Thus are housing costs made more expensive, not less. But what alder dare vote against his/her own neighborhood? And what council member dare vote against his/her colleague lest the tables be turned tomorrow?

Madison city government has fallen back on direct taxpayer subsidies. Spreads the pain throughout the city, buried deep within multi-million dollar budgets. Business as usual.

The WI State Journal reported in October that the City committed $7.8 million to help create 109 affordable units in a new venture and recommit to an additional 177 low-cost units in the others as part of a city initiative aimed at creating 1,000 affordable units over five years. Do the math: at that rate, that’s $27.2 million worth of affordability.

For Further Study:Yep, rent control does more harm than good.” Which introduces us to still more basic economics: Supply and Demand.

According to the basic theory of supply and demand, rent control causes housing shortages that reduce the number of low-income people who can live in a city. Even worse, rent control will tend to raise demand for housing — and therefore, rents — in other areas.

Blaska’s Bottom Line: One sure way to control housing costs: keep property taxes low.

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About David Blaska

Madison WI
This entry was posted in Madison city government, Progressives and tagged , . Bookmark the permalink.

10 Responses to Blame Big Gummint for the high cost of affordable housing

  1. Balboa says:

    David, but but what about the children? Do not disregard the Dane County board Regressive’s that want build some ridiculous number of low income homes. I thought I read 28,000 units if that is real and these are average home value of say $200,000 that equates to 5.6 billion dollars taxpayers will be on the hook?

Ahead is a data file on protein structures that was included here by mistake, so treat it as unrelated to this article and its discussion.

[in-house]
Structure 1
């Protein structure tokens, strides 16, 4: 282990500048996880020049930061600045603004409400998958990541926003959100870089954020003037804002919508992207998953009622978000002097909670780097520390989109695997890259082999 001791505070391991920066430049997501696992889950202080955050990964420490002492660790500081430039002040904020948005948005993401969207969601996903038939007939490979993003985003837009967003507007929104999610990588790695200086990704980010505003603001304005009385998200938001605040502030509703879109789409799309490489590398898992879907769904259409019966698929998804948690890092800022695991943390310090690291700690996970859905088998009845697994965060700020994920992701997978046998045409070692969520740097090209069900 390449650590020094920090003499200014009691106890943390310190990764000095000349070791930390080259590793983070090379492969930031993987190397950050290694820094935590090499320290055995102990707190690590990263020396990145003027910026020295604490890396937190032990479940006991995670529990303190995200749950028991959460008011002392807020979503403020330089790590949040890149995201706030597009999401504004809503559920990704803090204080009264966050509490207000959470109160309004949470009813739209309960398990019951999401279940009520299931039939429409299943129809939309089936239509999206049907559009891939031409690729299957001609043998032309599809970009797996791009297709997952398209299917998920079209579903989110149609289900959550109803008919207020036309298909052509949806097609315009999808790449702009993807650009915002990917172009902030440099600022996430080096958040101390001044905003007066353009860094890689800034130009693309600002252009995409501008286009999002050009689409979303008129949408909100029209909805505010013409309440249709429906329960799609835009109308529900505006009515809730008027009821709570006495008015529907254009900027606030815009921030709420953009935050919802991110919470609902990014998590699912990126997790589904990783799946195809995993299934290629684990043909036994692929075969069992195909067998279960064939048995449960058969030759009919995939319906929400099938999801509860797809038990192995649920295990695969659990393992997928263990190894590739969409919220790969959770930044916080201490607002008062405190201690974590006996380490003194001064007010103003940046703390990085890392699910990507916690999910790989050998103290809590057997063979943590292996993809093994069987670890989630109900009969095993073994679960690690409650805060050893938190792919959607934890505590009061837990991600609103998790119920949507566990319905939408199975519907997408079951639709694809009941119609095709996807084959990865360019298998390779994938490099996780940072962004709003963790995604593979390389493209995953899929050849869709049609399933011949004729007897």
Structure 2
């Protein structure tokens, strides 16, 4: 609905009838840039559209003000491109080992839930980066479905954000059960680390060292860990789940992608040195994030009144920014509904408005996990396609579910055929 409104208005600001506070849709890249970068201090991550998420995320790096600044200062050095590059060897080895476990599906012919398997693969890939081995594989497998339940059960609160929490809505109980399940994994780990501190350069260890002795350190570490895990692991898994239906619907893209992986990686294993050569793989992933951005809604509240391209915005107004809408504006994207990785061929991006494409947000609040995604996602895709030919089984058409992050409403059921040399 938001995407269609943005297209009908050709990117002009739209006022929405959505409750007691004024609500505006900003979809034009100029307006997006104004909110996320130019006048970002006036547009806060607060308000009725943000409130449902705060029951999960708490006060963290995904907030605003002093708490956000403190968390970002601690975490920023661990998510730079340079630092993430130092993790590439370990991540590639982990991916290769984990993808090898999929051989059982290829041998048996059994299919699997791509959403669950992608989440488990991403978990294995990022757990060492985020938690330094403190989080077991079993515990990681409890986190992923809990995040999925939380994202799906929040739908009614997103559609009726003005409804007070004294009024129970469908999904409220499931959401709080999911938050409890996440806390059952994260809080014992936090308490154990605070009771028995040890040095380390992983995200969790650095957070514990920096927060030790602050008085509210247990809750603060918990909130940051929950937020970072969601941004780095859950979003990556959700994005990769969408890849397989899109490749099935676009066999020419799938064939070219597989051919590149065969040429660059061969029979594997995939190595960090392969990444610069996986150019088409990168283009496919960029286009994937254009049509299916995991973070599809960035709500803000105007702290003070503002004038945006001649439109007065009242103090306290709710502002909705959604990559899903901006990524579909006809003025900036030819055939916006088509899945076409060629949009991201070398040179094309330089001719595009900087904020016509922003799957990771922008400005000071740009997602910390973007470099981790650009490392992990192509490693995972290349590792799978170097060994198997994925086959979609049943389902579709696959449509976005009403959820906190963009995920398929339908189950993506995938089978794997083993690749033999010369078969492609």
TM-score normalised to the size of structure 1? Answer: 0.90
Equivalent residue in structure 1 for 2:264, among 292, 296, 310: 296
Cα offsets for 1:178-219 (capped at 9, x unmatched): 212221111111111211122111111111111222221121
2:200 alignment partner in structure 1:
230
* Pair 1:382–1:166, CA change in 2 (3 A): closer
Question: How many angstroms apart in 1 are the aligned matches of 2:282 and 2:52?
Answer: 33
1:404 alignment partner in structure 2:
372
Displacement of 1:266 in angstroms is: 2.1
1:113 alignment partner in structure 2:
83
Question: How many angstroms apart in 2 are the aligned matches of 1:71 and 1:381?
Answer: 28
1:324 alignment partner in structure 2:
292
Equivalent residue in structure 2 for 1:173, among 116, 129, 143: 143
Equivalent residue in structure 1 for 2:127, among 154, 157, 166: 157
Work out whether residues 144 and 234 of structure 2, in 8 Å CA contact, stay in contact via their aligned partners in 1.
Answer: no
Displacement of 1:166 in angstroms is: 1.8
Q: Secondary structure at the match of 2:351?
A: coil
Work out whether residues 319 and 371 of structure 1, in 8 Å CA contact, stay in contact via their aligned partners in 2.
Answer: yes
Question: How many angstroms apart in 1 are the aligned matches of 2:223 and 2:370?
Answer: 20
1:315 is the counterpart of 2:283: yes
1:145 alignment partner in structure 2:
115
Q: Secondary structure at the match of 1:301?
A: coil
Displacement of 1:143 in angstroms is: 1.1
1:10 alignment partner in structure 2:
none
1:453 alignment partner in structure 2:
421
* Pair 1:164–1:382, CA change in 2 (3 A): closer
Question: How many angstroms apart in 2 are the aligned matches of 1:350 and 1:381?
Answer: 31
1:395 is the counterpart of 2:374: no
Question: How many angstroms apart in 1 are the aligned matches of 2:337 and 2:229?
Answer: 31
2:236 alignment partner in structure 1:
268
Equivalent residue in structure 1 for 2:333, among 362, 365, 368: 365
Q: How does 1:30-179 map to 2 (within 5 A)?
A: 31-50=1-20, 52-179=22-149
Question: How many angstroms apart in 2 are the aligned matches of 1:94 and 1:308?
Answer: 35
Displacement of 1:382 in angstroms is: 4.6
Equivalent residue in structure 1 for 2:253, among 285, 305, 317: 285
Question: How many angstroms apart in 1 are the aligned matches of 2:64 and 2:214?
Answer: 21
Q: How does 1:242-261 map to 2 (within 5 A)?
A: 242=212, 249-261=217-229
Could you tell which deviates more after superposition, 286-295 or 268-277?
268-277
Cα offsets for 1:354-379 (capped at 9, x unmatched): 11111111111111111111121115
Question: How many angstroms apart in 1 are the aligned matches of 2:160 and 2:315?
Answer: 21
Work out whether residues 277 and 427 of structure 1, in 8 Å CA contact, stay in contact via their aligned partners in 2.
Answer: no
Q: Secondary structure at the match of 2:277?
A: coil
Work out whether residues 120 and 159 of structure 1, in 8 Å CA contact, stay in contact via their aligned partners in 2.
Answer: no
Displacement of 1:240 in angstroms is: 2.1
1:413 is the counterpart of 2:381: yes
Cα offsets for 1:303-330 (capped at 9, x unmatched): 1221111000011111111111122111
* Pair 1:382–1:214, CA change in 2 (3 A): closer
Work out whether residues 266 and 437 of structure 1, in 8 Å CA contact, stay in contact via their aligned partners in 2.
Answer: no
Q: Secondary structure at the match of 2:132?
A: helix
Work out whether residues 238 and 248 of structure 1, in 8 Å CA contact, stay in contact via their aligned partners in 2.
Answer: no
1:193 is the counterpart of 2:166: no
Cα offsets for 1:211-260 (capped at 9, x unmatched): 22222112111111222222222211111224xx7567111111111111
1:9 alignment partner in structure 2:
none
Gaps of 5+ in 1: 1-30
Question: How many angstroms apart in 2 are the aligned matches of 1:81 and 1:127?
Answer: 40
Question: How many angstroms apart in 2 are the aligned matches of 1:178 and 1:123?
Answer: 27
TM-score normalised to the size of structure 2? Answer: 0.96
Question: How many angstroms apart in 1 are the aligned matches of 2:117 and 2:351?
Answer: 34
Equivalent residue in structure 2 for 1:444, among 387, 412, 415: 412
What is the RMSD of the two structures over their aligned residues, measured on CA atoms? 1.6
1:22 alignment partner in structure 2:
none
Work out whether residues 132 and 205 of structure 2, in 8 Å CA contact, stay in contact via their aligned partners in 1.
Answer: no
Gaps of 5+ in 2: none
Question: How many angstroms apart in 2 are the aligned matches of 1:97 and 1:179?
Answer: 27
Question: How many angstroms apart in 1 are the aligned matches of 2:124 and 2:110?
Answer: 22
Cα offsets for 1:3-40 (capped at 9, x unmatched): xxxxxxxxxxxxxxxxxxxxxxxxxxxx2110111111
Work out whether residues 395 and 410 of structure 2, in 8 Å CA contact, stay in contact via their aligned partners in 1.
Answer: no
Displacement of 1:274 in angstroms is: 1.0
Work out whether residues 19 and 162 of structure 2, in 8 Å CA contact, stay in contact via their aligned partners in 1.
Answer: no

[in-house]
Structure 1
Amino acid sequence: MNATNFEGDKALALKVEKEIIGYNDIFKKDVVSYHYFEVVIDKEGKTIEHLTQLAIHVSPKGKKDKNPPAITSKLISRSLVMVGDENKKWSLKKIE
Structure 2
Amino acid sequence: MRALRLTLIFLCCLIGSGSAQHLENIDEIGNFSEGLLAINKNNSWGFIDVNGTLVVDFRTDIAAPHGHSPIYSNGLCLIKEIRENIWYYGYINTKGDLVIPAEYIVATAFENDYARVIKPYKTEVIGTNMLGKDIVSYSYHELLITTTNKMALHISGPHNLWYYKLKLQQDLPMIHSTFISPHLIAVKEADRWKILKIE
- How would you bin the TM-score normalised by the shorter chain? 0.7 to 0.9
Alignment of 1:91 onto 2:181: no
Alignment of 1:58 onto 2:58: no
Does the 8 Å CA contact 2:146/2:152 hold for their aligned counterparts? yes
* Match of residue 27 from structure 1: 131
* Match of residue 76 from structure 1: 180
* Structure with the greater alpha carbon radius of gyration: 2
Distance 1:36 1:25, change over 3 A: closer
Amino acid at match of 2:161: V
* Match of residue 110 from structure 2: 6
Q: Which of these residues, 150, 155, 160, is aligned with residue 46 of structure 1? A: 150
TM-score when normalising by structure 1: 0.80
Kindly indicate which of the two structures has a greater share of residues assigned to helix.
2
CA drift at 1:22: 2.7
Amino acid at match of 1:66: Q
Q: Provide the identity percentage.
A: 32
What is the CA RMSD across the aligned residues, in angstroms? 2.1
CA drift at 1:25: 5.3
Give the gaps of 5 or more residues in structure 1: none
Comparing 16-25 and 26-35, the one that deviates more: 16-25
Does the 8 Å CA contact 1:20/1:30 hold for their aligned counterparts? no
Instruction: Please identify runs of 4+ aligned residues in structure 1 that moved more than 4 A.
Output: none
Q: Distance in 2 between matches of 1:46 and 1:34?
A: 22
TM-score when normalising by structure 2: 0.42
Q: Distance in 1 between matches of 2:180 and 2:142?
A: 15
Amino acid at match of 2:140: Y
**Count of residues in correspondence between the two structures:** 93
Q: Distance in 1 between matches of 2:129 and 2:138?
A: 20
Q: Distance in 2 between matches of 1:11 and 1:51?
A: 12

Like

  2. old baldy says:

    “One sure way to control housing costs: keep property taxes low.”

    You will have to explain that one. Housing costs depend on a lot of things, but property taxes may not make the top 10. Demand and interest rates probably lead the list.

    Like

  3. madisonexpat says:

    If you pay taxes to remain in your house that is a cost . A housing cost. See?

    Like

  4. Patrick M O'Loughlin says:

    Economists debate which can more effectively destroy a city, carpet bombing or rent control?

    Like

  5. Balboa says:

    Also the government can control other factors of housing costs, home builders have hundreds of regulations to follow which can drive up the cost from start to finish. I am not an expert in home building or the regulations they have to follow but if they were removed home costs would go down.
    I am not advocating blanket removal of regulations because most are there for good reason. If you go to low regulation states where regulations are lax, home are not built with the same quality and it shows.

    Liked by 1 person

  6. richard lesiak says:

    Stop carving out tax exemptions for all those “donors”. Or; create the Church of the Stately Manor and you can pay ziltch.

    Like